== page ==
The “experts” really whiffed on their interest rate forecasts for 2019. Most experts predicted the Federal Reserve would raise rates 2-4 times and mortgage rates would increase to as high as 5.50%. As it turned out, the Fed cut rates three times and the 30-year fixed ended the year at 3.75%.
So what will happen in 2020? Most experts are predicting rates to be around where they ended 2019 – 3.75%. I agree with this. I would think the 30-year fixed should be in the 3.50% – 4.00% range for most of the year.
2020 could be a very volatile year for a number of reasons. It seems to me most of the issues, if impactful, would lend toward lower rates. So if we break out of the 3.5% – 4.0% range, I think it could be to the downside. These variables include:
Geopolitical Tension: Geopolitical tensions are always a possibility. The recent scuffle with Iran seems to have subsided, but an elevated interaction with Iran or elsewhere could help push rates lower.
China Trade: I tend to view this as a wash in the long-term. Higher tariffs can lead to higher rates but higher tariffs can also lead to slowing the economy which leads to lower rates.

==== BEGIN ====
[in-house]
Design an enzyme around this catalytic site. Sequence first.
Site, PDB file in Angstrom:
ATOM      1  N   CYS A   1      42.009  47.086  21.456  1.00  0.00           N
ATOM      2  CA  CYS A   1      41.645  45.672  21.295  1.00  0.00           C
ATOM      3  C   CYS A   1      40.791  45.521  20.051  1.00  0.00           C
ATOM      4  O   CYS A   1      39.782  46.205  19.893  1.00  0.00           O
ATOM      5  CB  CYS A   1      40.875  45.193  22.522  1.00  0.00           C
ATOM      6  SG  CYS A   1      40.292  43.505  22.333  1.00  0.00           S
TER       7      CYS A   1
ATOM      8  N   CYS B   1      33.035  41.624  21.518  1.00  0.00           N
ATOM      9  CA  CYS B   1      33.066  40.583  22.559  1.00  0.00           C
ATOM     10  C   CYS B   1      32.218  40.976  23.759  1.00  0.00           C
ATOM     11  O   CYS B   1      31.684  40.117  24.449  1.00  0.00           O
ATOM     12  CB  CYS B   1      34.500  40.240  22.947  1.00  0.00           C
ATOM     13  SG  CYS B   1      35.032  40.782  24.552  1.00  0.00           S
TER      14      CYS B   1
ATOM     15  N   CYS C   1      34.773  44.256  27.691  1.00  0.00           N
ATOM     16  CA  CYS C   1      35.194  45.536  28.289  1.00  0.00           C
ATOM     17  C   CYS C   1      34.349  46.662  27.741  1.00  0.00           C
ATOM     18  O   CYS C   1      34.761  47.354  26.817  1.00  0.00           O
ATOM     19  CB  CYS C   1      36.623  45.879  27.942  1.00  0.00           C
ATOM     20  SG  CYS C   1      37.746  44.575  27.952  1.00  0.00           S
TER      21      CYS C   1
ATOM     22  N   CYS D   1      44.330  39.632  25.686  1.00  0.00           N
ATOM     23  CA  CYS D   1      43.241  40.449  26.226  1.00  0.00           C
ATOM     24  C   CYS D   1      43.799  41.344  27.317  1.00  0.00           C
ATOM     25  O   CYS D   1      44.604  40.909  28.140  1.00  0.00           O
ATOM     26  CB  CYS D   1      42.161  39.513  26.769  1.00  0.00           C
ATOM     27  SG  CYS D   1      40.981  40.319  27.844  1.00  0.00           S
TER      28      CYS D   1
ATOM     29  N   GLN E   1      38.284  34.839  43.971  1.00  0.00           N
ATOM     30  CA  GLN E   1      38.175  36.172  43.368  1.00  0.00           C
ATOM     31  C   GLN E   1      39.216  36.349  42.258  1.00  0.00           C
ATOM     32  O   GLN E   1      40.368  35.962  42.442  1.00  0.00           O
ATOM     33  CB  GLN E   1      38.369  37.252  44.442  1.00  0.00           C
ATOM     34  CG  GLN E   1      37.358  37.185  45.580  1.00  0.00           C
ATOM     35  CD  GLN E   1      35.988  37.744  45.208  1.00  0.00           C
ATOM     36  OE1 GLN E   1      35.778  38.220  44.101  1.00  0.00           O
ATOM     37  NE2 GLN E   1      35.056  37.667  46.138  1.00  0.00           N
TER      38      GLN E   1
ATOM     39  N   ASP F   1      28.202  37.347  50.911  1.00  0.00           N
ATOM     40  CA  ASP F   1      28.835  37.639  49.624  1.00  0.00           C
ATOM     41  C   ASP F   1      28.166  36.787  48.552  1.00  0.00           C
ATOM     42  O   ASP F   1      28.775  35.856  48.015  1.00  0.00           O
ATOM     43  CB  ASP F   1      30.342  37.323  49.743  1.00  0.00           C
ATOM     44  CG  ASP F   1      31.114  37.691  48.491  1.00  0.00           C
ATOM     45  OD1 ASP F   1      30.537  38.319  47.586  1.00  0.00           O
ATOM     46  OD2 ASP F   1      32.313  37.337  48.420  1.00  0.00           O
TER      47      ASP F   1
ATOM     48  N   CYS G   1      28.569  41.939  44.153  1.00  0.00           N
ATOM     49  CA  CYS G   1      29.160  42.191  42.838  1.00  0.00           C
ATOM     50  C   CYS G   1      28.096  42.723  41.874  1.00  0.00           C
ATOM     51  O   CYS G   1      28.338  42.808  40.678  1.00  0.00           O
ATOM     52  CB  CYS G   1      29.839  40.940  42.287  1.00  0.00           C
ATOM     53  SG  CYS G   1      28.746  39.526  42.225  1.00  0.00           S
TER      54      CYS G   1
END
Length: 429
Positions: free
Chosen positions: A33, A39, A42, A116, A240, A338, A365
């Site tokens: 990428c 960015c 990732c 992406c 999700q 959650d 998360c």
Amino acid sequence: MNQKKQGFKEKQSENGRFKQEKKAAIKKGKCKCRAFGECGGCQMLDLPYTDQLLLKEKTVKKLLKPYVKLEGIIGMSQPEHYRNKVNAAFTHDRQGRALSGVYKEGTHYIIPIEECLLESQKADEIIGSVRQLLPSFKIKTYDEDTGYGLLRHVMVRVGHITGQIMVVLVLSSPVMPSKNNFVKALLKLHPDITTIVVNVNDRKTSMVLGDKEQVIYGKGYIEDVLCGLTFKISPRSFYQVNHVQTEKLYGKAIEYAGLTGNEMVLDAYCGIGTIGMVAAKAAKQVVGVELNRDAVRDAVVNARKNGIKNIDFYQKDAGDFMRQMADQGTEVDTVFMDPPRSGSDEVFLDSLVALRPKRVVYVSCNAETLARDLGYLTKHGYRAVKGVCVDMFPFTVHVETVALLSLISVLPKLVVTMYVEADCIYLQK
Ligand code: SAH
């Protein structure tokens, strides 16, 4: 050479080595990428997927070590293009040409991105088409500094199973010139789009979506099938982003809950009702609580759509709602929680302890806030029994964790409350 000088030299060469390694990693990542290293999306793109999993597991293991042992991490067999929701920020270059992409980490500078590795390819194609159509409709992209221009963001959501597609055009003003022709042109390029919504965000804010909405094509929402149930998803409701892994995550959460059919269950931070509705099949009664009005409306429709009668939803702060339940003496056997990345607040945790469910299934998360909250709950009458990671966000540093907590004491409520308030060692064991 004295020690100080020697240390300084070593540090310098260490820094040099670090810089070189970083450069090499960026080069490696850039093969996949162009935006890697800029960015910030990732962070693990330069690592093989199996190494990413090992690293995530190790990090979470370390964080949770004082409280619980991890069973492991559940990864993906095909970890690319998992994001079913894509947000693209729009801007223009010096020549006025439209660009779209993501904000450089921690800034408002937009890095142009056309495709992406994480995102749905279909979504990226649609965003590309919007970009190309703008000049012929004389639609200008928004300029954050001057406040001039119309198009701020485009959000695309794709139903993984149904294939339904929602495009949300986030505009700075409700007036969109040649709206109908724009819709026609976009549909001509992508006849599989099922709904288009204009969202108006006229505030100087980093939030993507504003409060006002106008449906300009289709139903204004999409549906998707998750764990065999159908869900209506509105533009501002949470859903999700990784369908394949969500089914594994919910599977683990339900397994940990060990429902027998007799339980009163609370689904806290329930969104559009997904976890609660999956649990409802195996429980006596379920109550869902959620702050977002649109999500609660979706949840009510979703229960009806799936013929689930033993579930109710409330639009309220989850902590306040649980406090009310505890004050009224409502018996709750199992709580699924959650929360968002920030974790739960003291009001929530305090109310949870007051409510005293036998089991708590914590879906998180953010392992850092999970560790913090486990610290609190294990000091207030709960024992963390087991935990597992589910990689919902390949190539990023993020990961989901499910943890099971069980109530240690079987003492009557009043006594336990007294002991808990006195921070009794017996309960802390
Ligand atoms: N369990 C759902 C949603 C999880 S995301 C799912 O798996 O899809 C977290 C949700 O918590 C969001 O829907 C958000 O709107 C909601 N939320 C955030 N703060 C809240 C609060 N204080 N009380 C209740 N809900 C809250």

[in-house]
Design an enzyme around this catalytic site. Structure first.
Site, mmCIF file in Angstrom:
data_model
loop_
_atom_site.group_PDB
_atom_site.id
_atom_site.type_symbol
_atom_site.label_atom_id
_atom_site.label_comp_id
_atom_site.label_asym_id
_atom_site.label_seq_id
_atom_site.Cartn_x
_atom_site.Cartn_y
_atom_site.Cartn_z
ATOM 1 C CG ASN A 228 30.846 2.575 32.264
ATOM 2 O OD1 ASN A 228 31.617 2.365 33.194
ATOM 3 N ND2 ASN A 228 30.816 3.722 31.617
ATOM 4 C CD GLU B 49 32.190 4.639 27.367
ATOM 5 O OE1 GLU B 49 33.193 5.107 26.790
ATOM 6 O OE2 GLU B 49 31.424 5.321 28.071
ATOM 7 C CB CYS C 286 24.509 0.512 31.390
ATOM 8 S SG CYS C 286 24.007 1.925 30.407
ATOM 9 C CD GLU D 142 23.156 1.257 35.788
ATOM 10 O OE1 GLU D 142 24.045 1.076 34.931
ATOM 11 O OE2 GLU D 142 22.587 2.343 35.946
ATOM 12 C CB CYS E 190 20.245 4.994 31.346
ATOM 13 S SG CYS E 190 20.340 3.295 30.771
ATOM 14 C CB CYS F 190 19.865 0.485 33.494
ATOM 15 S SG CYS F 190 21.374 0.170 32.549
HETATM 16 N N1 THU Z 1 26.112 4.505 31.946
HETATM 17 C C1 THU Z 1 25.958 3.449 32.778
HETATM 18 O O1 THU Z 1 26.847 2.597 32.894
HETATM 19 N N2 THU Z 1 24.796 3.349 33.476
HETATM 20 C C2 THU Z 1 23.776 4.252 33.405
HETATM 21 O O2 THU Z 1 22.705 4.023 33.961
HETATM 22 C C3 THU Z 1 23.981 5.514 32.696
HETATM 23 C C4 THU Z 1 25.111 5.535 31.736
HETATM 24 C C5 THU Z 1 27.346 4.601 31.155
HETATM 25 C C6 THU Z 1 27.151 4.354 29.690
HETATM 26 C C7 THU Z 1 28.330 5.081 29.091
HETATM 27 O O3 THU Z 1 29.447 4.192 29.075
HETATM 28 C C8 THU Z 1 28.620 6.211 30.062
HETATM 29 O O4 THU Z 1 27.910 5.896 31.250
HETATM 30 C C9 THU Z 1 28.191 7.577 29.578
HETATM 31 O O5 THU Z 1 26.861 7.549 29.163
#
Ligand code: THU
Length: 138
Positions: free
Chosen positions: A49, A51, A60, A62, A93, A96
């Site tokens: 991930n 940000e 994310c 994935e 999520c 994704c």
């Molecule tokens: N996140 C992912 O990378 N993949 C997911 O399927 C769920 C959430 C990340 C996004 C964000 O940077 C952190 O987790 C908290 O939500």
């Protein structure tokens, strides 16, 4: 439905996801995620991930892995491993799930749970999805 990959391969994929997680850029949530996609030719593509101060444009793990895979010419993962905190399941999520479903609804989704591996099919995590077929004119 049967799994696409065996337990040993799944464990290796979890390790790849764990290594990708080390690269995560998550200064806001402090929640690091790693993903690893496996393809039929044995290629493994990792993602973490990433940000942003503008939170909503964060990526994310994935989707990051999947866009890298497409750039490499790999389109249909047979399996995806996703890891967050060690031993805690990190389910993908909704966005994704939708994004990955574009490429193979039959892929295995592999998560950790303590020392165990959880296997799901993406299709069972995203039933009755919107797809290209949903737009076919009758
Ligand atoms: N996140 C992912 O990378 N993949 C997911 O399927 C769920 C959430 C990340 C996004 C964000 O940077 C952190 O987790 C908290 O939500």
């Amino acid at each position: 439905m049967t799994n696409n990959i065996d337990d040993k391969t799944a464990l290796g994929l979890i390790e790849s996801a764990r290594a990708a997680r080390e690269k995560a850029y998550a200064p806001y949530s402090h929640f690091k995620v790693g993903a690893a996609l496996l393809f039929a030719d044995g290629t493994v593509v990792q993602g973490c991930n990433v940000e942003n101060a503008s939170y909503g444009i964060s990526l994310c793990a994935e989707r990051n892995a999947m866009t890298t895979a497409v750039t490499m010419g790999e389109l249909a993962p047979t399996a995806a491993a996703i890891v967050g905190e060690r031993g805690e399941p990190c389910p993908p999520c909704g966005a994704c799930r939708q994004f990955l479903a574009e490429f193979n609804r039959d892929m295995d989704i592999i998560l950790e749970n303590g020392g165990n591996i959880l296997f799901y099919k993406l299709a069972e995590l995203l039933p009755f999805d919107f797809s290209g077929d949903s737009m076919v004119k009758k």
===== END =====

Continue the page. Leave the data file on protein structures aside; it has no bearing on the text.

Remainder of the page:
Stock Market: The stock market was up about 30% in 2019. Generally, when stocks do well, mortgage rates do poorly. So it’s a little shocking that stocks did so well and rates fell over 1% at the same time. I would expect the stock market to not do as well in 2020 and that should help support keeping rates low. A significant correction would push rates even lower.
Election: This could be a big one. The markets like the status quo. If the Dems win, a Biden victory will be the least disruptive. However, disruptive would be good for mortgage rates. A Trump or Biden win should keep rates steady while a Warren or Sanders (or other Dem) win should cause stocks to selloff and rates to fall.
Inflation: Inflation is bad for interest rates. There have been continued calls that inflation must creep higher at some point because of record-low unemployment and the strong consumer. This simply hasn’t happened. Inflation has been steady or falling for goods and services as well as wages. This keeps the pressure off the Fed from raising rates.
Recession: Recession is officially defined as two consecutive quarters of negative GDP. We don’t have one yet. So the likelihood of a recession this year is low but there have been, at times, indicators one is right around the corner. If we start to see employment weakening that would be the sign of a recession on the horizon.
Regardless of what is being forecasted, don’t wait to make a move if something makes sense right now. If you can save money by refinancing or consolidating debts, don’t wait for a forecasted lower rate that may never materialize. If you have a question for me or want me to review your account – email me here. And don’t forget to check us out on Facebook, Twitter, LinkedIn, Pinterest or Instagram for our latest tips and updates!